o compassion: the human ability to reach out with warmth, whether through eye contact, physical touch, or words.

o He has a great section on reading - a topic I know many of my readers appreciate. His four-step program to make knowledge work for you:
1. aggregation
2. encoding
3. processing
4. application.

o The four steps of application:
1. Make sure that you own the book's Big Thought, which results from your encoding and processing.
2. Visualize a discussion.
3. Look for insert points.
4. Play doctor. role play - re: an idea, tell who said it, in what context, and why. plus: send book itself

Terrific book.

P.S. So when's the Emacs book coming out? :-)

November 29, 2007 | Unregistered CommenterMatthew Cornell

I have two friends who are Metaverse Evangelists. Now *that* is a cool job title :-)

November 29, 2007 | Unregistered CommenterAndy Piper

That's an amazing one, Andy. Thanks!

November 29, 2007 | Unregistered CommenterMatthew Cornell

my title is "feedback loop". on my business card and everything.

here's a page of [ weird professional identity descriptions | http://joechip.net/brian//09/16/your-weird-professional-identity-descriptions/ ], circa Q2 2007.

December 3, 2007 | Unregistered CommenterEdward Vielmetti

That's a nice one, Edward. BTW, here's an updated link to the list: [ Your weird professional identity descriptions | http://joechip.net/brian/2007/09/16/your-weird-professional-identity-descriptions/ ]. Tasty! I esp. like corporate irritant and ad-hominem adjuster.

December 3, 2007 | Unregistered CommenterMatthew Cornell

Love the post and thought I'd comment on your desire to compress things

1. Read tons of books.
2. Discover ideas that can potentially change personal world views - radically.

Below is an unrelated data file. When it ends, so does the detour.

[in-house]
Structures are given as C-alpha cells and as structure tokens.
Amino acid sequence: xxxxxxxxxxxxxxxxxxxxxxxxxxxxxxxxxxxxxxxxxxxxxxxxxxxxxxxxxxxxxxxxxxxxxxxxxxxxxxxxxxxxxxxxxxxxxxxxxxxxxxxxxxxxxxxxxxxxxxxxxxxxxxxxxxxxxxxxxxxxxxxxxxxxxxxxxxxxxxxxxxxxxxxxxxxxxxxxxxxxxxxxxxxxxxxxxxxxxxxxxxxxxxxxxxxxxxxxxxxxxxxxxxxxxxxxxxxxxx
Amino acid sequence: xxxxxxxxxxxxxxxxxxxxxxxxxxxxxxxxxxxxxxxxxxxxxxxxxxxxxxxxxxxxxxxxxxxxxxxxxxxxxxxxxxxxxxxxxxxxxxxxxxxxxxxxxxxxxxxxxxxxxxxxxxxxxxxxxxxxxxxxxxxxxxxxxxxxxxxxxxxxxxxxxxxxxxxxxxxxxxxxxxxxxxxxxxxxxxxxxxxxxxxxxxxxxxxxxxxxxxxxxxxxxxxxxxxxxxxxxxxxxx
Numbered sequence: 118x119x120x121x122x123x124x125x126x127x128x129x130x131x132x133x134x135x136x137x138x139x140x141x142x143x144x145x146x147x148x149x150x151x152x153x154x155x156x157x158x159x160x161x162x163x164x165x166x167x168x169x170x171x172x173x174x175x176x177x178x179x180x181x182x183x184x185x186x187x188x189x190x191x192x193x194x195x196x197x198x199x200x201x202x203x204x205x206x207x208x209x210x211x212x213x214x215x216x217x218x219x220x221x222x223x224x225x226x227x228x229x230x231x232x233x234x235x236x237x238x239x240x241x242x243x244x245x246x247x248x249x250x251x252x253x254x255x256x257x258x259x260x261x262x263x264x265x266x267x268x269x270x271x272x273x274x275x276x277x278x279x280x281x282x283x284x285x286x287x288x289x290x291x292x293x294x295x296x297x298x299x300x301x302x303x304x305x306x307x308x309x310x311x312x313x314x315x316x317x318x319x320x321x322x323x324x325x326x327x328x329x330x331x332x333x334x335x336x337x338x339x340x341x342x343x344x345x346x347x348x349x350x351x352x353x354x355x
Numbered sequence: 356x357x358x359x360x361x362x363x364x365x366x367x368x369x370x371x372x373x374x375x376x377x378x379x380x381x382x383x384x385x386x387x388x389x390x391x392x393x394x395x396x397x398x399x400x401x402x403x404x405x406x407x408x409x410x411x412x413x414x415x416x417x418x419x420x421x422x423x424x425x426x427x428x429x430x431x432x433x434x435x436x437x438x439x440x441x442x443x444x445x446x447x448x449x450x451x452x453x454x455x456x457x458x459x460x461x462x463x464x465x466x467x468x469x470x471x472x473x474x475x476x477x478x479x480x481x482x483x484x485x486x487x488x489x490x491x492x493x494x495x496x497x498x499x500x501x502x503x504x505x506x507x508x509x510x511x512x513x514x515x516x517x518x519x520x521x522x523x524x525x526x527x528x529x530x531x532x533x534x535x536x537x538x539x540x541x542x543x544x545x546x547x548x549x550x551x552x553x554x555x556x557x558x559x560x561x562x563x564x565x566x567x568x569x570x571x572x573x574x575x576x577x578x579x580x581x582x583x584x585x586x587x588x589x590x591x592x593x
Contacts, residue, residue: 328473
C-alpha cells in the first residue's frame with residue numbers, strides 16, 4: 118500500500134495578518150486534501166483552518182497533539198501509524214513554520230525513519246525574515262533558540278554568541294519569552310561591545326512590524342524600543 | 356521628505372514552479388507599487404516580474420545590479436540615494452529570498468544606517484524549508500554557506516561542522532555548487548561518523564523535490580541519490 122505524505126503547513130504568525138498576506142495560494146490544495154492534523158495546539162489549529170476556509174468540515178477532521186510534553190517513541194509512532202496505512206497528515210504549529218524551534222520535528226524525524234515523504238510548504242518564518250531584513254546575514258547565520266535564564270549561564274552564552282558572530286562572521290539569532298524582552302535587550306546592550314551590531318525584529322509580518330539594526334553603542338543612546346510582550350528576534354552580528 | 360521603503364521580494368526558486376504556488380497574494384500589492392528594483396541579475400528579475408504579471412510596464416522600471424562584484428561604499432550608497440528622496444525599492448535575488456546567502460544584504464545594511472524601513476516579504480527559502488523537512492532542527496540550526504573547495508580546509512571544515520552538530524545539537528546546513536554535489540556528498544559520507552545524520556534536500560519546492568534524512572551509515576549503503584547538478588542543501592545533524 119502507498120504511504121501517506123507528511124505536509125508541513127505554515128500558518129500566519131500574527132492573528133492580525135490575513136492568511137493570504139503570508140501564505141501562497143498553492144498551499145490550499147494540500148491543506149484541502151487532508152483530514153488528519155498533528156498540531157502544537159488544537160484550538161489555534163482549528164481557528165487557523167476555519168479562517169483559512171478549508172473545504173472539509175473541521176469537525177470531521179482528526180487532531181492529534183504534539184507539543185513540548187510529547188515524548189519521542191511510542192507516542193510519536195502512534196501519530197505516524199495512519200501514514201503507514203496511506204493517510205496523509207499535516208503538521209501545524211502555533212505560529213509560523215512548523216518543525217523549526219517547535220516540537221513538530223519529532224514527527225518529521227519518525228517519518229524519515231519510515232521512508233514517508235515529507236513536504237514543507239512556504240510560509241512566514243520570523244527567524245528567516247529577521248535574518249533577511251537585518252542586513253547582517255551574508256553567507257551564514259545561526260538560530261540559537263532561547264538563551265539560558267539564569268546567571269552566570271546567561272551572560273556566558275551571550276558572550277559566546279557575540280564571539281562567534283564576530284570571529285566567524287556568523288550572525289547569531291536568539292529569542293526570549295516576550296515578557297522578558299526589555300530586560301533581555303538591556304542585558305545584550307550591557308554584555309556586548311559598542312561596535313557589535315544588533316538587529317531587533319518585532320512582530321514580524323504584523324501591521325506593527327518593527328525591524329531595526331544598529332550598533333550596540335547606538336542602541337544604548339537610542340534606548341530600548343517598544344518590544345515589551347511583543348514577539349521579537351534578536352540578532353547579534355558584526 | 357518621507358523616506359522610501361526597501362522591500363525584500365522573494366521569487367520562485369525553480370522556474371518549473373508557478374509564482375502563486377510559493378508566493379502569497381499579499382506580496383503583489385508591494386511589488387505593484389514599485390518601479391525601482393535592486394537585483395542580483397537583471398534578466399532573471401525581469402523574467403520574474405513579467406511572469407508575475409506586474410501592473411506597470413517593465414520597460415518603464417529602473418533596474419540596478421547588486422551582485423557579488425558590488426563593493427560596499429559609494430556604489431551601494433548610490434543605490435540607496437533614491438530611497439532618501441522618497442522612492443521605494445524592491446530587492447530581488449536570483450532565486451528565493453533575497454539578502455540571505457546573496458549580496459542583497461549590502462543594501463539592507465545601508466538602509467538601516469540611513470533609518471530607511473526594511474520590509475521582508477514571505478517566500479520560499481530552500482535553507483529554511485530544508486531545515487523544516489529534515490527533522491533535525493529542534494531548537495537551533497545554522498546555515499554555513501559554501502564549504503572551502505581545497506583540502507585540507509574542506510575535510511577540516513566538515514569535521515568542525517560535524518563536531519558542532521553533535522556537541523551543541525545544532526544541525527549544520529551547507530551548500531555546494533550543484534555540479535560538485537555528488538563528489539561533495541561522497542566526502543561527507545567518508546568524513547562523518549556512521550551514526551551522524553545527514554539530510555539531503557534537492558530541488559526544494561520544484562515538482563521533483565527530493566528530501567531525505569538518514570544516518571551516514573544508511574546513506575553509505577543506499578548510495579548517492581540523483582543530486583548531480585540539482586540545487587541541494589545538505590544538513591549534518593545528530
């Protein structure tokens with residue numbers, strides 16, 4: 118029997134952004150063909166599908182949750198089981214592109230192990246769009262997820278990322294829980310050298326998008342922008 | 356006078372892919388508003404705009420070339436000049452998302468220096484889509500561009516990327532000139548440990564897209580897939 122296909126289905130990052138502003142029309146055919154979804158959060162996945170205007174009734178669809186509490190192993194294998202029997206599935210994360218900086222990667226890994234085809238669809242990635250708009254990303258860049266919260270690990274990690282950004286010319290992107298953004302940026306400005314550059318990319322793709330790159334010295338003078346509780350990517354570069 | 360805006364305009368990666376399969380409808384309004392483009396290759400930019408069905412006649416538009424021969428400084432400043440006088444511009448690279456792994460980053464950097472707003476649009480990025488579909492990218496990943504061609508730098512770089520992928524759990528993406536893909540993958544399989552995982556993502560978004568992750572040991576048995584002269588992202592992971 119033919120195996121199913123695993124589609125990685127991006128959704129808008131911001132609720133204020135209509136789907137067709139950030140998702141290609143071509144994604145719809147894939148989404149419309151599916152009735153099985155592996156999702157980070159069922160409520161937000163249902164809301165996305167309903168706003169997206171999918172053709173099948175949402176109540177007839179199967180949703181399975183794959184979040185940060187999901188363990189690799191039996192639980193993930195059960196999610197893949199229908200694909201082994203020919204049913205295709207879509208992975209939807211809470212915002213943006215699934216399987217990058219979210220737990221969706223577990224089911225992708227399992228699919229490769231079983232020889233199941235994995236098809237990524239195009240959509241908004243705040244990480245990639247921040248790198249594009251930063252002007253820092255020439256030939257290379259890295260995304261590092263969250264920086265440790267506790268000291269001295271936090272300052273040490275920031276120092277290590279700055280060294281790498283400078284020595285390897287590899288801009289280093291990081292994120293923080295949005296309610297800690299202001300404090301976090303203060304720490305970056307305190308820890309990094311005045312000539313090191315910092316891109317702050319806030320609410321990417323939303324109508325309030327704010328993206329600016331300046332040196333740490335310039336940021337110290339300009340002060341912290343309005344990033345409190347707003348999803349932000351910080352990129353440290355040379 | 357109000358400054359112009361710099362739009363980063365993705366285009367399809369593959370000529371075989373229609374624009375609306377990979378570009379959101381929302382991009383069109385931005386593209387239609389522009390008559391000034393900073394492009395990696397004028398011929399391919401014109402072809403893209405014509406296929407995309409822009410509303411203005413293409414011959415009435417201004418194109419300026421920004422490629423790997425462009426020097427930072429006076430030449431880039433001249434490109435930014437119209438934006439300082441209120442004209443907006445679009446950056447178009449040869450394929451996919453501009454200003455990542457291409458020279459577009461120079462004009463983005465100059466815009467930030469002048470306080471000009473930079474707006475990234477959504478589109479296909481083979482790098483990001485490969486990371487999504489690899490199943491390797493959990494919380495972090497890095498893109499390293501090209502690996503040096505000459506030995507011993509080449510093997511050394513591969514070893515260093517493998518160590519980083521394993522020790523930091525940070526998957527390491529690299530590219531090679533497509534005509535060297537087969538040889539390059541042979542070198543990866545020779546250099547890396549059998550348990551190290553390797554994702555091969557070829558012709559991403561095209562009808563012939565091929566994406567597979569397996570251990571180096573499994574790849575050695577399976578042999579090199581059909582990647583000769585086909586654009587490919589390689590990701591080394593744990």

3. Experiment with them on myself.
4. Teach the most valuable ones to others.

#1 is more a "how" not a "what", if you're a "blogger" you don't have to tell people you use Wordpress or blogger.com they assume from your title that you've figured it out.

#3 again, kind of a "how". I don't need a neurosurgeon to tell me she operates on patients.

#4 I think is a good "what", but obviously (since I skipped it until now) I think #2 is the most interesting part.

I read "Discover ideas..." and hear "idea spelunker". It's rough I know, but I think you can drop the "how those ideas will be used", again because it'll get assumed or is something that can better clarified once you've got your "hook".

So if you can find a way to work #4 and #2 together I think you've got it.

I think you're trying to find two words (one word each) that represents these two phrases;
1) "boldly seeks out brave new ideas..." (yea think star treck & Indiana Jones)
2) Share them with others, through teaching and open communication (I get a Johnny Appleseed vibe here).

Sorry I don't have an answer, but at the very least, I think spelunking is a good word :)

December 16, 2007 | Unregistered Commenterthe

Hey, the - thanks very much for the analysis. Hmmm - 'idea spelunker' I like where it's going. How about yours?

December 17, 2007 | Unregistered CommenterMatthew Cornell

Got a pointer from my friend
[ Ricky Spears | http://www.rickyspears.com/ ] to [ this article | http://48days.com/newsletter_archives/archive.php?date=20071218 ] (scroll to the third entry - "Just Call me Slave Boy").

December 30, 2007 | Unregistered CommenterMatthew Cornell

I think I can offer one two-word possibility boiling your list of four down:
Enlightening Others.

It doesn't necessarily capture the idea of only enlightening with *new* things, but I think it's a fair overall description. Based on those two words, you could take it a bit further, to "Guru" ;).

January 15, 2008 | Unregistered CommenterDavid

Hey, David - thanks! That's a great one. Fitting into two words is tough...

(Hey, I liked your [ Sci Fi | http://exold.com/article/a-_real_-top-15-great-science-fiction-books-list ] list. I'm always on the lookout for titles.)

January 15, 2008 | Unregistered CommenterMatthew Cornell
October 18, 2012 | Unregistered CommenterMary